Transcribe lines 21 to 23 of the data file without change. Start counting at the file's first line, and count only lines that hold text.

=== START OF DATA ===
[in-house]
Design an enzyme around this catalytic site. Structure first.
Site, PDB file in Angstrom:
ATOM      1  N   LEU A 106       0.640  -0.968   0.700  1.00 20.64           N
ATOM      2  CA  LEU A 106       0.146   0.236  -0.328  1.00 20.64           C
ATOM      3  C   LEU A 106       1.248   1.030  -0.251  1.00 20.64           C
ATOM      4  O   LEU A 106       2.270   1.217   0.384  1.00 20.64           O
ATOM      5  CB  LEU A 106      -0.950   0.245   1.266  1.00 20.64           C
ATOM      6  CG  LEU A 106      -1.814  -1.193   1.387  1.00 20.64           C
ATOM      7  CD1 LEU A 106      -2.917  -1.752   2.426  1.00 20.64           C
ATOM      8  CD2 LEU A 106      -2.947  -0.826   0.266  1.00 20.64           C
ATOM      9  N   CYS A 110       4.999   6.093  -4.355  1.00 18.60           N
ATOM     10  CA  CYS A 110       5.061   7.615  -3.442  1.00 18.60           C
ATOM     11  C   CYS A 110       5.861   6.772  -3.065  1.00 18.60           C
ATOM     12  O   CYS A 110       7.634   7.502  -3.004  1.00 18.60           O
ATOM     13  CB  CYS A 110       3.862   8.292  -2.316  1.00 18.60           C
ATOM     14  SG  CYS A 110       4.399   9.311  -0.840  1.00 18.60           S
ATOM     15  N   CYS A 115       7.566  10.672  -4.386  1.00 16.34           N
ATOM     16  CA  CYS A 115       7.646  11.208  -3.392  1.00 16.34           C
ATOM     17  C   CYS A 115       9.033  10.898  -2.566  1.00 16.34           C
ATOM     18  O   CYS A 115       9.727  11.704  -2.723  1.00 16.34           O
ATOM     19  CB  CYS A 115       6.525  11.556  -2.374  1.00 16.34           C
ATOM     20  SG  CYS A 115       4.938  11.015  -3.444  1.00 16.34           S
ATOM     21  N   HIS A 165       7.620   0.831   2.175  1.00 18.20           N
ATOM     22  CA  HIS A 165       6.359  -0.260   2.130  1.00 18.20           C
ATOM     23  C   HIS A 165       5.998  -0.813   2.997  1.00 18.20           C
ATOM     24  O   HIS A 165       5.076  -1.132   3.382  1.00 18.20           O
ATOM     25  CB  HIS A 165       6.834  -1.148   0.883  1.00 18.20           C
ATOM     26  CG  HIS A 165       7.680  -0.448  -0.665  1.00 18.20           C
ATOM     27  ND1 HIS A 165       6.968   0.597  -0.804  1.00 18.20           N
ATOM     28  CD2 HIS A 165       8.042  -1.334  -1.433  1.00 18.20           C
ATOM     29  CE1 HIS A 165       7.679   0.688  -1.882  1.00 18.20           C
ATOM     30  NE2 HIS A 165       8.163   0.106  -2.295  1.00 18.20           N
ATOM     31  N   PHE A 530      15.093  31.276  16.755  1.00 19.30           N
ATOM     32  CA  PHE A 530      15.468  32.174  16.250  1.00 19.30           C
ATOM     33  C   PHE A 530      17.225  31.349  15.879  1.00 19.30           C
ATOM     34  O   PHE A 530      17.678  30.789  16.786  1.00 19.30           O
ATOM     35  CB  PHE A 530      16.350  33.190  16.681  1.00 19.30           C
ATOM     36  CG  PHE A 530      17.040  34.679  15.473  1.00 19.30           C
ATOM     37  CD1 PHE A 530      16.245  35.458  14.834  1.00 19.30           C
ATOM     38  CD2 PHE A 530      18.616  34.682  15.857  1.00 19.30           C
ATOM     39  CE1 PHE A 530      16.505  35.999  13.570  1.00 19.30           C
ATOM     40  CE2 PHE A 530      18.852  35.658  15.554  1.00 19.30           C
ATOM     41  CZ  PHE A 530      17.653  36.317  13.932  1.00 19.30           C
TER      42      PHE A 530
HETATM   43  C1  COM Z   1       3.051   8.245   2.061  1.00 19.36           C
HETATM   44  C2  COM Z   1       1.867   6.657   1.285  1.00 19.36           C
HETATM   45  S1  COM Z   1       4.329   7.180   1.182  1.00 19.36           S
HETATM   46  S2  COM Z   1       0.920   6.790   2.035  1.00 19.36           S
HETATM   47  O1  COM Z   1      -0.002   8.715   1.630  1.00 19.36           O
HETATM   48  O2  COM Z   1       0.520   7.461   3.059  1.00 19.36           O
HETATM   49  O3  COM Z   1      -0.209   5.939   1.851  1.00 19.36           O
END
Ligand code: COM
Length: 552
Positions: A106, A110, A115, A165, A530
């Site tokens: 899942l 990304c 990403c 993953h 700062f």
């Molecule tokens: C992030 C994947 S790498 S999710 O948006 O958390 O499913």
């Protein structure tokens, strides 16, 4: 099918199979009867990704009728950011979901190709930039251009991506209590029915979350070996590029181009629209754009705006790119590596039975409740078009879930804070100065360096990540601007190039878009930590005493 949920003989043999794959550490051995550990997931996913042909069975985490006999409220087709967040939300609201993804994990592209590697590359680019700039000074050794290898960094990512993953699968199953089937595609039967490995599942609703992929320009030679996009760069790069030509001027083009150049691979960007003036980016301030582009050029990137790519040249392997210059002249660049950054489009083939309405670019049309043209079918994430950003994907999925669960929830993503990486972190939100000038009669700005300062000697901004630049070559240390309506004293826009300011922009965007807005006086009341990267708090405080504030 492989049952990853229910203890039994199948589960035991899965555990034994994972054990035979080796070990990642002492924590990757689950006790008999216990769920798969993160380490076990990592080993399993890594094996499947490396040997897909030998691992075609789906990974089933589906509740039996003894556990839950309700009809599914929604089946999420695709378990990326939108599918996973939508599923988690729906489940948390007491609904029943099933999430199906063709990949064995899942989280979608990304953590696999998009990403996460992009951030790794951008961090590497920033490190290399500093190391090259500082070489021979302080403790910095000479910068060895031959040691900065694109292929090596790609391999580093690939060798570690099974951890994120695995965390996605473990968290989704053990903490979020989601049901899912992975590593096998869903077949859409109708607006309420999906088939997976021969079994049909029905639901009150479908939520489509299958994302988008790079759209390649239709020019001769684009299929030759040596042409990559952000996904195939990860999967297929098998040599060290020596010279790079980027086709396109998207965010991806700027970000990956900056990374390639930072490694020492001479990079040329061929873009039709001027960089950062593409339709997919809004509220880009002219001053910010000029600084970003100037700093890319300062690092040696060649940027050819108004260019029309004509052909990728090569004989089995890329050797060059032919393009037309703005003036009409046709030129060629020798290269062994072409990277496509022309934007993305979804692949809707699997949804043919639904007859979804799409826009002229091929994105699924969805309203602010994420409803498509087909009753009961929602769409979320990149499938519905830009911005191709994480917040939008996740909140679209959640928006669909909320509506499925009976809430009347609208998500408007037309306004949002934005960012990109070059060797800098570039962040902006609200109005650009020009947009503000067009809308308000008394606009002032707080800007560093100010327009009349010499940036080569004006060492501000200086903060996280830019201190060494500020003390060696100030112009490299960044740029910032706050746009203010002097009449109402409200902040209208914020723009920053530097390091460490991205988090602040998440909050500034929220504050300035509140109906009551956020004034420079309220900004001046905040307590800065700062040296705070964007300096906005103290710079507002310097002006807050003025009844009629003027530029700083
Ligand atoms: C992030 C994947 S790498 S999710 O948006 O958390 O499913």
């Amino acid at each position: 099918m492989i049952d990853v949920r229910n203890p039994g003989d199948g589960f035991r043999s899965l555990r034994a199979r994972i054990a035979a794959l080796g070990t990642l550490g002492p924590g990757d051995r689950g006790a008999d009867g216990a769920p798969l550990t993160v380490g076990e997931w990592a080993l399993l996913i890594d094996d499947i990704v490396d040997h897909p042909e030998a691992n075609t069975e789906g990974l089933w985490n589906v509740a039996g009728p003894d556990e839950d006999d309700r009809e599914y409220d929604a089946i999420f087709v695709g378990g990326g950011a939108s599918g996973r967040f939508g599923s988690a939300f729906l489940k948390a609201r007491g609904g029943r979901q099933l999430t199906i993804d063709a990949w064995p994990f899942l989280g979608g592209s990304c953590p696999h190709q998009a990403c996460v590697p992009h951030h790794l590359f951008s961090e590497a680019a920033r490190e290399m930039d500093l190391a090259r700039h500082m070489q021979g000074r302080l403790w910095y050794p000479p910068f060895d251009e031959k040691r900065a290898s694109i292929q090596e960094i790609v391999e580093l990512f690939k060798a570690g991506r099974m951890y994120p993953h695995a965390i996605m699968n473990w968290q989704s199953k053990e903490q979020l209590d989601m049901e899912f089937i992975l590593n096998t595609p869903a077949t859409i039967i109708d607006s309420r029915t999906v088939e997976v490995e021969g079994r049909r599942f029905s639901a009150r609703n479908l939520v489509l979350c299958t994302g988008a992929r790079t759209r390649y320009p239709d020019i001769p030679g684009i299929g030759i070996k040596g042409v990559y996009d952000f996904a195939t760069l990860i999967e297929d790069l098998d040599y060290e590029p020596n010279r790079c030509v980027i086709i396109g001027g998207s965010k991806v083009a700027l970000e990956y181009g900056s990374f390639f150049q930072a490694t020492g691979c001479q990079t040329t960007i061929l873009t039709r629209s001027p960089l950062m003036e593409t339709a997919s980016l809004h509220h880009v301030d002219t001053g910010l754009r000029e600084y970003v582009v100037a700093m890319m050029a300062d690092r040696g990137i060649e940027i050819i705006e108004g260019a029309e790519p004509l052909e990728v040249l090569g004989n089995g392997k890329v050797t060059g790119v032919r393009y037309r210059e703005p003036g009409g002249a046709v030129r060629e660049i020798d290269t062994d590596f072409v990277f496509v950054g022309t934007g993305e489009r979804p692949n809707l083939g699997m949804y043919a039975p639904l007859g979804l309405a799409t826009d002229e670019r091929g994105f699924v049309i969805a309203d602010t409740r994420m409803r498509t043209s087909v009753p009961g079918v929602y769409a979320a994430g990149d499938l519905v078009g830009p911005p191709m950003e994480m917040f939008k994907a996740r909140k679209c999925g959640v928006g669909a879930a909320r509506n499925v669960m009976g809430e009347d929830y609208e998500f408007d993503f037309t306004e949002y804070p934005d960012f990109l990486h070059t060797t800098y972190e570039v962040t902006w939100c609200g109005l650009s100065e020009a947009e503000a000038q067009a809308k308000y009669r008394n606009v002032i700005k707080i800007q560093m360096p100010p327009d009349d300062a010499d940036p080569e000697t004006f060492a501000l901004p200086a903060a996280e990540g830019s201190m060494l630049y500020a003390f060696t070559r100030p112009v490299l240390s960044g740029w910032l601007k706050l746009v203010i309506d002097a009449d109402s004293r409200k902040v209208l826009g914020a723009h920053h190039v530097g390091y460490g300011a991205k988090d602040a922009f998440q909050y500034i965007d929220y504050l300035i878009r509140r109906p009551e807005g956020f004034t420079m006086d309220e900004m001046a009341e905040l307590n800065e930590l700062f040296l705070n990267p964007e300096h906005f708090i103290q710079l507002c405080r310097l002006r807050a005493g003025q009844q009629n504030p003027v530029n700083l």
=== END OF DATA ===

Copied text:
ATOM     18  O   CYS A 115       9.727  11.704  -2.723  1.00 16.34           O
ATOM     19  CB  CYS A 115       6.525  11.556  -2.374  1.00 16.34           C
ATOM     20  SG  CYS A 115       4.938  11.015  -3.444  1.00 16.34           S